The mummy's curse: historical cohort study

BMJ. 2002 Dec 21;325(7378):1482-4. doi: 10.1136/bmj.325.7378.1482.

Abstract

Objective: To examine survival of individuals exposed to the "mummy's curse" reputedly associated with the opening of the tomb of Tutankhamen in Luxor, Egypt, between February 1923 and November 1926.

Design: Retrospective cohort study.

Participants: 44 Westerners identified by Howard Carter as present in Egypt at the specified dates, 25 of whom were potentially exposed to the curse.

Main outcome measures: Length of survival after date of potential exposure.

Results: In the 25 people exposed to the curse the mean age at death was 70 years (SD 12) compared with 75 (13) in those not exposed (P=0.87 for difference). Survival after the date of exposure was 20.8 (15.2) v 28.9 (13.6) years respectively (P=0.95 for difference). Female sex was a predictor for survival (P=0.02).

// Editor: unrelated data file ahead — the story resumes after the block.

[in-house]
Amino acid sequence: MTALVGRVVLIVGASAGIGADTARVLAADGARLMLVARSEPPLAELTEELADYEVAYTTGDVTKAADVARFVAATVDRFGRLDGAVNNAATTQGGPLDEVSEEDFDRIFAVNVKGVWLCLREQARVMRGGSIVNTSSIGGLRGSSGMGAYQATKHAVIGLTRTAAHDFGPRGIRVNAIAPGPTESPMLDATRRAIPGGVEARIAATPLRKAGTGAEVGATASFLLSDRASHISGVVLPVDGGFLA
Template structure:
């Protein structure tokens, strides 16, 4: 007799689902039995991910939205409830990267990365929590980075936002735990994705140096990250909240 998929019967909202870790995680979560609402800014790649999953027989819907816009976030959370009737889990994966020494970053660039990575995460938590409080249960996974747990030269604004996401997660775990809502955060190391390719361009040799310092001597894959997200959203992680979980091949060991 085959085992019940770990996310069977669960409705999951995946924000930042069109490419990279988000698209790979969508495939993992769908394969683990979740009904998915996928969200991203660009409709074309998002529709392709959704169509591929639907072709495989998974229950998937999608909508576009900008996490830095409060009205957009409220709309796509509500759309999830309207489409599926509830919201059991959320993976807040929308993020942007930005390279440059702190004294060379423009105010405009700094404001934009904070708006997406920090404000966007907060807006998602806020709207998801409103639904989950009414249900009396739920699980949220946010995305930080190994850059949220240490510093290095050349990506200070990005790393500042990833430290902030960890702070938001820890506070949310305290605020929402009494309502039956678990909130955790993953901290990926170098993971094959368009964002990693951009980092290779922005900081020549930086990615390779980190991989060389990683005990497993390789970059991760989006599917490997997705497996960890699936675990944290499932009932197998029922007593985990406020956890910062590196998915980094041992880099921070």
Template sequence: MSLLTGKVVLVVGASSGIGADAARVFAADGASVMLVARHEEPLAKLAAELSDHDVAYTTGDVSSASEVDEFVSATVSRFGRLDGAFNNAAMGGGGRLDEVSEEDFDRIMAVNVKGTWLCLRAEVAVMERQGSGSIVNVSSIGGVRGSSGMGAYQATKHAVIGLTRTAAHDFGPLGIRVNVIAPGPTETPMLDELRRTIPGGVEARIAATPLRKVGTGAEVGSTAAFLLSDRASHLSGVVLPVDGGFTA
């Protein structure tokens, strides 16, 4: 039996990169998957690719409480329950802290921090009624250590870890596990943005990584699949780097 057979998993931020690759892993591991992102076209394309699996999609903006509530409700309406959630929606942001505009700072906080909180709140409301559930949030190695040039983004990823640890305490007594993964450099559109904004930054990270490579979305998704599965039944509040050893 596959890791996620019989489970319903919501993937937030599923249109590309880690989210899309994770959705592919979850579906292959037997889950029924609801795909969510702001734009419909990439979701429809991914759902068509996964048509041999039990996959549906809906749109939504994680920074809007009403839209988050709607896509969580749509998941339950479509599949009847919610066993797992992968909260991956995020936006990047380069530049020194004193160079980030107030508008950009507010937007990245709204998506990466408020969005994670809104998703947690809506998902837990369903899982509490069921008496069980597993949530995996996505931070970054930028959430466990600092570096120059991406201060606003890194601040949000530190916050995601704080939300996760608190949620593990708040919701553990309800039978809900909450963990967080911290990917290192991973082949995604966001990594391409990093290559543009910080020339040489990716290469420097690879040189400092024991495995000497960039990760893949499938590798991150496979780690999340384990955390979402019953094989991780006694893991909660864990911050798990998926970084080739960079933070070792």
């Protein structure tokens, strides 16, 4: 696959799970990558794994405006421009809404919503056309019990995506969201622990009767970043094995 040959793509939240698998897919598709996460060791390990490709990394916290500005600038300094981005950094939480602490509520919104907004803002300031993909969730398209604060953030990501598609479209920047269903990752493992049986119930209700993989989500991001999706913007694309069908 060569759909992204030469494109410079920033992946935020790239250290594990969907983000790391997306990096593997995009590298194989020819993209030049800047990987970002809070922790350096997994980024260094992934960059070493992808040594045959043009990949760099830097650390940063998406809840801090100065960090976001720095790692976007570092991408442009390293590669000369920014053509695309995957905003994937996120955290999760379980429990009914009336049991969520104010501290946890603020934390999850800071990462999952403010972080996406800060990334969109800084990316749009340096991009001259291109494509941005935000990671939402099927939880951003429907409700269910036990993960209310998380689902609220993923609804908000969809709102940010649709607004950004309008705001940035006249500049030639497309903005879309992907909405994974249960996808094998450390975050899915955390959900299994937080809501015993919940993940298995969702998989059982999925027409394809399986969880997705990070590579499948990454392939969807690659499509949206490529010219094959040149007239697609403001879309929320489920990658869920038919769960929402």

Conclusions: There was no significant association between exposure to the mummy's curse and survival and thus no evidence to support the existence of a mummy's curse.

Publication types

  • Historical Article

MeSH terms

  • Aged
  • Cause of Death*
  • Cohort Studies
  • Egypt
  • Female
  • History, 20th Century
  • Humans
  • Male
  • Mummies / history*
  • Retrospective Studies
  • Sex Factors
  • Superstitions / history*
  • Superstitions / psychology
  • Survival Analysis